Now, I’m itchy to hit to the road.  I spent time writing this instead of getting out the door.  Next stop?  Who knows! I have all the time in the world until Wednesday when I’m on an airplane to Oaxaca from Austin, TX.

Road Trip: North Carolina to Austin, TX to Oaxaca, Mexico

Destination Austin, Texas.  I’m packing up La Tuga (short for La Tortuga or turtle in Spanish), the 2004 Honda Element EX manual transmission I just bought that will be the car I drive in Mexico.  Well, I’m not exactly packing yet. I’m thinking about it.  In three days, on December 12, 2013, I will set out to begin the 1,306 mile, almost 22-hour road trip from North Carolina’s Piedmont to south-central Texas, about half-way across the country.  Mapquest tells me I will spend a little over $700 in gasoline and at least $49 a night in lodging.  Food doesn’t calculate, I guess.

Do you have any suggestions for the route?  I’m planning I-85 South past Atlanta, then connecting to I-20 West, through Vicksburg and Shreveport, to Waco, then dropping down to north Austin, where I’ll be staying for a few nights with my cousin Norm, who left his hometown of Chicago years ago, but is loyal still to the Cubs.  Then, flying off to Oaxaca.

I’m making a list of what I need to take that I can’t fit in a suitcase.

Anyone have an older model, small bowl Cuisinart food processor in good working condition you’d like to sell and get to me be Wednesday this week?  This might come in handy in Oaxaca, I think, for making salsa and chopping lots of onions!  Or, if I decide to make a fresh fruit tart and need to whip up a crust, I have a proven Cuisinart crust recipe.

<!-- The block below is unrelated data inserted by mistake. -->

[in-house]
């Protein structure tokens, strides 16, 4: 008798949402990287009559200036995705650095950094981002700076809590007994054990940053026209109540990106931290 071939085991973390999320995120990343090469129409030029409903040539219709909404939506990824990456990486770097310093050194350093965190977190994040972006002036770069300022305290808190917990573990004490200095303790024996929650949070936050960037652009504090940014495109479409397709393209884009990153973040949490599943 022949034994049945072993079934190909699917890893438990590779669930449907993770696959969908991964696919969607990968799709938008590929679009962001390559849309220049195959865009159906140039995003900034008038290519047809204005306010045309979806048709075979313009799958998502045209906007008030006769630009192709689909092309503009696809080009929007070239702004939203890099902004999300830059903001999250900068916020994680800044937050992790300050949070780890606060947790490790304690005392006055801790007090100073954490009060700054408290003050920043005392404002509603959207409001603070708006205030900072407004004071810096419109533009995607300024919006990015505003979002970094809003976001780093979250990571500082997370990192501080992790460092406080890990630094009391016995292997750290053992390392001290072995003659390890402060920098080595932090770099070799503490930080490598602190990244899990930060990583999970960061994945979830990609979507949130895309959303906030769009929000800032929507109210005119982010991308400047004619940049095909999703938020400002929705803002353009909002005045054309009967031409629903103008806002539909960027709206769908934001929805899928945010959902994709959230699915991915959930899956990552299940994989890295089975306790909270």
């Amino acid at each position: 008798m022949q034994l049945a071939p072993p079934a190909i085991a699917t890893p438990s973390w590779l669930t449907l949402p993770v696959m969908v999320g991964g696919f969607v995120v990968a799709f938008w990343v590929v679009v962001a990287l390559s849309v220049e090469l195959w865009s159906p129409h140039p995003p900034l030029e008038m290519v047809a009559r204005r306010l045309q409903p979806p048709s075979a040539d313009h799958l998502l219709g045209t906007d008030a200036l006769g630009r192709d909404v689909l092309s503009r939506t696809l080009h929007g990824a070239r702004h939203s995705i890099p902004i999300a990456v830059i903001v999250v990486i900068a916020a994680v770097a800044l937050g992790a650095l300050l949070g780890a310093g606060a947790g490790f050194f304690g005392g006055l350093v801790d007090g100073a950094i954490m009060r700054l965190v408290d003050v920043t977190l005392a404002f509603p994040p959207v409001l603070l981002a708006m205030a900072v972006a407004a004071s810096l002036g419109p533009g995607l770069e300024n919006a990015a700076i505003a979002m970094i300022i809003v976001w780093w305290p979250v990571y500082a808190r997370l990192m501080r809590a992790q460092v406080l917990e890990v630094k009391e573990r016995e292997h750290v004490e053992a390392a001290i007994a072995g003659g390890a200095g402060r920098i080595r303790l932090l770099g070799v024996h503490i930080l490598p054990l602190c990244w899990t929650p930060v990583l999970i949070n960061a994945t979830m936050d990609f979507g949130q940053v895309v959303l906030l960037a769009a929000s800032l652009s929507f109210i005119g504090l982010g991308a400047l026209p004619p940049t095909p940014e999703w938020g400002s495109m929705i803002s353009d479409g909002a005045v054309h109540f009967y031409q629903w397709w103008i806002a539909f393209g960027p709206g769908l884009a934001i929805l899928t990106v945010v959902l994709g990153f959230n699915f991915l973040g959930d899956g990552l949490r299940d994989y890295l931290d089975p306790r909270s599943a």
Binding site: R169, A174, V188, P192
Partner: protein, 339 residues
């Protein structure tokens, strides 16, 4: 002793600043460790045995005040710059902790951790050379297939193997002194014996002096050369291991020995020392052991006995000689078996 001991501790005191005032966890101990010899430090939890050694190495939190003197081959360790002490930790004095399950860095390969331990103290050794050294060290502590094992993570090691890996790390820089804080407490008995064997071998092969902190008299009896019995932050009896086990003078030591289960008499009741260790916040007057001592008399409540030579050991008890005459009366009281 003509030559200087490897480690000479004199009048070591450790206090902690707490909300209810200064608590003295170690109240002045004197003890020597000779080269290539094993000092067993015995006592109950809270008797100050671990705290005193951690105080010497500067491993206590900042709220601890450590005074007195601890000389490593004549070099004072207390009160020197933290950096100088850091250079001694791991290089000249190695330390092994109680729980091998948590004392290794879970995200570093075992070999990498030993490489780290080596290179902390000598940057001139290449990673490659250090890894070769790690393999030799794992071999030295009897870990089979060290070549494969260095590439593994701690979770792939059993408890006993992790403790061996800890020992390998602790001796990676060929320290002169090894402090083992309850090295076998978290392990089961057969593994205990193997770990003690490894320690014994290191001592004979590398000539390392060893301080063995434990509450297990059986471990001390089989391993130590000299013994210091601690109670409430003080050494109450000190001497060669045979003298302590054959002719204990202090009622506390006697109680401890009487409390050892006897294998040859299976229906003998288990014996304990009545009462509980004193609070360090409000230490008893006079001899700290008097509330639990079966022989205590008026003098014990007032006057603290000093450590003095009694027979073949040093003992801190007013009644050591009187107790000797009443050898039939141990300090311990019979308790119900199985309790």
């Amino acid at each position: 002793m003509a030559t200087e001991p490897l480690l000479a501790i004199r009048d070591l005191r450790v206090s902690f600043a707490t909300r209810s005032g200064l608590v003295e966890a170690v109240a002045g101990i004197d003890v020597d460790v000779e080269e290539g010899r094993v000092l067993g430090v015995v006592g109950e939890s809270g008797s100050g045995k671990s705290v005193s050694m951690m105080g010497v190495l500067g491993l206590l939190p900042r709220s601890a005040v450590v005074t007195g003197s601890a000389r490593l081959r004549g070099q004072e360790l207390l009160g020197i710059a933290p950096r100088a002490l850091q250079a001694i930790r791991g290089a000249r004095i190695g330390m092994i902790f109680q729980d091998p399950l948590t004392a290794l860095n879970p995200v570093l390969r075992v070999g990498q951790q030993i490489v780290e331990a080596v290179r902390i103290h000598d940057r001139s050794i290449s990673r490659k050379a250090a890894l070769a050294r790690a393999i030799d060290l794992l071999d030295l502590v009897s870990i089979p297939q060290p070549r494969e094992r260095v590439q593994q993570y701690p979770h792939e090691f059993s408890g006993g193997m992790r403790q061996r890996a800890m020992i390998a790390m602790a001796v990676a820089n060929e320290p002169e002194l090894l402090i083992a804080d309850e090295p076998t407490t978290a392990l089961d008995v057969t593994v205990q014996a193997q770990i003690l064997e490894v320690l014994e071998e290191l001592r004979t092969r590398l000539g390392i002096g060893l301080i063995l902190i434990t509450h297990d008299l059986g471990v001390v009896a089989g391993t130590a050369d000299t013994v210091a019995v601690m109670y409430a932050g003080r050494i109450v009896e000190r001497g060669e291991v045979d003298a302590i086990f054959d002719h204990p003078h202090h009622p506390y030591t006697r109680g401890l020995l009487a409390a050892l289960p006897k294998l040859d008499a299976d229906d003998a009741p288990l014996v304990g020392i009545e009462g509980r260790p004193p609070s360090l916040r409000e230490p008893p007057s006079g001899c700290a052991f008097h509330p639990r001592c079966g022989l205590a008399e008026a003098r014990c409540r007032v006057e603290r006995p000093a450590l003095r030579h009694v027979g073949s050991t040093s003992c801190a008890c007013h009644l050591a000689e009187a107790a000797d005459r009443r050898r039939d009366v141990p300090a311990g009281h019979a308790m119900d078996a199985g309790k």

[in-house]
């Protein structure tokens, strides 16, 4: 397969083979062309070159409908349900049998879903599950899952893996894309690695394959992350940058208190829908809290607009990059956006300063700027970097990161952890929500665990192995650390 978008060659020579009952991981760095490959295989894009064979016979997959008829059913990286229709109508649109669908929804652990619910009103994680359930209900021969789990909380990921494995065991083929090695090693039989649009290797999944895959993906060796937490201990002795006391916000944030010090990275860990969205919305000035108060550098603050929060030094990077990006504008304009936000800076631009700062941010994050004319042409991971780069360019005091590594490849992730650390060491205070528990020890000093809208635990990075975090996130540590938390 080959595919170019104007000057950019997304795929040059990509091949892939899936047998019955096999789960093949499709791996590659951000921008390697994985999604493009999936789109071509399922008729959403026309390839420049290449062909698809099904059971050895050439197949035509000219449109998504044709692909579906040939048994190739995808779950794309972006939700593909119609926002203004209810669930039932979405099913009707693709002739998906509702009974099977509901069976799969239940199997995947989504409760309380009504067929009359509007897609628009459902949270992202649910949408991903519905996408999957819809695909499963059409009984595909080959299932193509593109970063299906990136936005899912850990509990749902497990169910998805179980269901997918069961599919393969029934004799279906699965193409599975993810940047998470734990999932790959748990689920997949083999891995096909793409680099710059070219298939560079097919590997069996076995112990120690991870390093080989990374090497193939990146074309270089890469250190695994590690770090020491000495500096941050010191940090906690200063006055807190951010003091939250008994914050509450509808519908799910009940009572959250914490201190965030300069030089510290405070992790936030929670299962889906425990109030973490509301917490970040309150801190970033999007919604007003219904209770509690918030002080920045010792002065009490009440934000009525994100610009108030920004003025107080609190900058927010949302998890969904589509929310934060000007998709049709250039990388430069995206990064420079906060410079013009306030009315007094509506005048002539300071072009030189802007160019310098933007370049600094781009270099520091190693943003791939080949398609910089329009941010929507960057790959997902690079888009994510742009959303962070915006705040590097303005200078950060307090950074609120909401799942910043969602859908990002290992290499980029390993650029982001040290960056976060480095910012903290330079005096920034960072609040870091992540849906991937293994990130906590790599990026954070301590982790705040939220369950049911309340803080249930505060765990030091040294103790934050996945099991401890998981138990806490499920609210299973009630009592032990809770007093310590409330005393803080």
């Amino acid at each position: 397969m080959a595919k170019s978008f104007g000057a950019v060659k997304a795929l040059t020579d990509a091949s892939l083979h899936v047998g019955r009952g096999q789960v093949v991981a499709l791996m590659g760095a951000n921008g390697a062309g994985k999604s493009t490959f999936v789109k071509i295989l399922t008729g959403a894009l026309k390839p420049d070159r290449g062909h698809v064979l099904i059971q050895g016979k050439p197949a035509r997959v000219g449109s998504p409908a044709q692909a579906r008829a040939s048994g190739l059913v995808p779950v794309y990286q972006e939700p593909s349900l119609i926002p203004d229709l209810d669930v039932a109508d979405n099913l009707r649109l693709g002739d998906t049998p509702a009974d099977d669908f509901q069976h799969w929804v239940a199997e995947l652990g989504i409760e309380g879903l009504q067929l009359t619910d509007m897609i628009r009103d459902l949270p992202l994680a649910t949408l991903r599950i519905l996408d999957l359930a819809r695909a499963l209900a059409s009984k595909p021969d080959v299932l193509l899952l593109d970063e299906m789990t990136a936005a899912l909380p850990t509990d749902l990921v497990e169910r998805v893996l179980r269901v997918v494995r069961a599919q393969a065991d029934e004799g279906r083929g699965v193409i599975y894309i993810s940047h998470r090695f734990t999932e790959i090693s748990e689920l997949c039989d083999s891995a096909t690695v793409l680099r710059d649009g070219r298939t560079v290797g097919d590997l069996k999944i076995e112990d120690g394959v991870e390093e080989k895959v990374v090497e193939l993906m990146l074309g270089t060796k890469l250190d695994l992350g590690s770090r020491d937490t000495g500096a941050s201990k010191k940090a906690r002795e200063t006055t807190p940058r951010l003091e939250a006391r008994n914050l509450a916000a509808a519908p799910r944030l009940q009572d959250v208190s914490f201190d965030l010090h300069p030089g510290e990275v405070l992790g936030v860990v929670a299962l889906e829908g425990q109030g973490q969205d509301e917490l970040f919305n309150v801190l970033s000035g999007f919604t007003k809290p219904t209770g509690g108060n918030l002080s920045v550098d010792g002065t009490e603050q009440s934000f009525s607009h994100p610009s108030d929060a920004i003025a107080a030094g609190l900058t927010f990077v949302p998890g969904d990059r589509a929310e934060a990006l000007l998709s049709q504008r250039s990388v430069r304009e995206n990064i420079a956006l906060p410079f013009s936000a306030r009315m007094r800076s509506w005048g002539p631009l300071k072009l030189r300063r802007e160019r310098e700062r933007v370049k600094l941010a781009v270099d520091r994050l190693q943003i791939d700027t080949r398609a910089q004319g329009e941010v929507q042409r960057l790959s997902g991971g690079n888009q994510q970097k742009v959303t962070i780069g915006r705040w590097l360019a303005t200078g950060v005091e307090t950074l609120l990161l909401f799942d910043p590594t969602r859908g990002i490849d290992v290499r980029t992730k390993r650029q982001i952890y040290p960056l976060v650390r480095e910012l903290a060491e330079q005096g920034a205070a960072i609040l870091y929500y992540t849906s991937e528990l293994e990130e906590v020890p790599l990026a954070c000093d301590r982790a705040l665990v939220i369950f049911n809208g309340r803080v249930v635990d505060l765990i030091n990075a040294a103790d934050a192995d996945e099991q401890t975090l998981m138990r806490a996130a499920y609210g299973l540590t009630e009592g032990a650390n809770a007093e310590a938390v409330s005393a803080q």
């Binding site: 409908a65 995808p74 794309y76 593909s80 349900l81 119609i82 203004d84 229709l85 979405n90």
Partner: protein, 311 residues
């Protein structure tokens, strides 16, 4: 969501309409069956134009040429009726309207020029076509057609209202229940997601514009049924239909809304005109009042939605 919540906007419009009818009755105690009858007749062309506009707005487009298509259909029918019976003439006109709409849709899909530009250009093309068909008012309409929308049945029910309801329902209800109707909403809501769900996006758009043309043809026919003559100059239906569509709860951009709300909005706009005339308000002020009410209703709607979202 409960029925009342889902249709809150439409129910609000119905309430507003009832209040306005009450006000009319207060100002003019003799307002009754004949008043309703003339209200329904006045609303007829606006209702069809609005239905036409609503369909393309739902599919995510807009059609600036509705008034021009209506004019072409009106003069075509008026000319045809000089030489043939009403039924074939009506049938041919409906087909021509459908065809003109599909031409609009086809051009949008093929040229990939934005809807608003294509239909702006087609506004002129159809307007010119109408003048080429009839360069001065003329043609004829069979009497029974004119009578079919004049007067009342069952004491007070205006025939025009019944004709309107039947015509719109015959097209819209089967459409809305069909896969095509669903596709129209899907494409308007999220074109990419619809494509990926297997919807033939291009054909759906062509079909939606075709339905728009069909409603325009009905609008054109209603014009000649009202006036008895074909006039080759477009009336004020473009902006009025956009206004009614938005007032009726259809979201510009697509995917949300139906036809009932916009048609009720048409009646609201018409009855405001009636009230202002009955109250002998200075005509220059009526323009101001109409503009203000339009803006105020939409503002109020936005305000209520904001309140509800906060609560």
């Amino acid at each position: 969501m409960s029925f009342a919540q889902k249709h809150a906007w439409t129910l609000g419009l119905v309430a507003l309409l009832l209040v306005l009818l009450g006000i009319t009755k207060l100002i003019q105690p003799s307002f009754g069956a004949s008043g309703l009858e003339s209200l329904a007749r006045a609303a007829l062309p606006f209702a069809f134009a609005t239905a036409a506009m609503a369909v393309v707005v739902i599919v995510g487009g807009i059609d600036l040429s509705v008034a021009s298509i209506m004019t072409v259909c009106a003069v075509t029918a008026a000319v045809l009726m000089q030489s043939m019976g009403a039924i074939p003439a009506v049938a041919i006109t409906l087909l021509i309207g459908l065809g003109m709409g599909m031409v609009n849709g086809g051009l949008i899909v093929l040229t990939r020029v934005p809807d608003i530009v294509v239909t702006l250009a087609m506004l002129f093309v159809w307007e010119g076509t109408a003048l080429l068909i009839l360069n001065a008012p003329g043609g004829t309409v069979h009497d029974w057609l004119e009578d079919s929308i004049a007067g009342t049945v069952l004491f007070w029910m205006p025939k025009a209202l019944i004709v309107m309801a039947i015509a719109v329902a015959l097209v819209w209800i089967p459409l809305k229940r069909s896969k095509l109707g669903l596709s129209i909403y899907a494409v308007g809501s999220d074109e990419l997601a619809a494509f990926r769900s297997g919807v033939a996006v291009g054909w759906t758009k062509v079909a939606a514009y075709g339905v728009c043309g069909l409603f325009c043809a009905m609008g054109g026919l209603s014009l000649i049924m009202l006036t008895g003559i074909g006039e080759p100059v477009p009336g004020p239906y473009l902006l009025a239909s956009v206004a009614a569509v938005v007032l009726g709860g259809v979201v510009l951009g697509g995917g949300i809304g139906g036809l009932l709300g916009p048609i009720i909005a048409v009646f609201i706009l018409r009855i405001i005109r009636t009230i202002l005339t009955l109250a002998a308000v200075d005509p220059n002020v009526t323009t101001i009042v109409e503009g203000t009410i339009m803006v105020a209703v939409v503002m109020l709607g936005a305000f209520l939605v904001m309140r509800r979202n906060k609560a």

The list also includes:

  • wood chopping block
  • printer and printer cartridges
  • sheets and towels (100% cotton)
  • candied ginger
  • 6 lbs. undyed merino wool roving for felting
  • knitting supplies, especially wood needles
  • good used clothing and shoes to distribute
  • spackle to repair wall holes where I’ve drilled by mistake
  • a few more good books

I can’t think of anything else, can you?

I’m living more simply there.  No television!  No CD player!  I do have a basic kitchen with a good set of knives, blender, plates, utensils, Master Chef cookware, cloth napkins and dishtowels from Camino de los Altos, and Studio Xaquixe recycled drinking glasses!  Never mind that the kitchen sink water drains into a large paint bucket that I carry outside each time it fills up so I don’t waste water and have enough to give to thirsty trees and flowers.  Jajajajaja.

In Austin, I turn the car over to my agent, Justo, who will drive it the rest of the way to Teotitlan del Valle, Oaxaca, Mexico.  But, first, we will buy Mexican insurance in Austin, then he will legalize the car for Mexico.  In fact, that process has already begun.

Admittedly, making this road trip on my own is both exciting and somewhat daunting — a new experience for me — although I fly everywhere independently.  I’m open to sharing the driver’s seat with the right person, if anyone dares go with me.  I would need to know you or have a great recommendation.

Stay tuned for the next installment.  Of course, I won’t have commentary on the Austin to Oaxaca leg.  I’ll be at the other end waiting for delivery.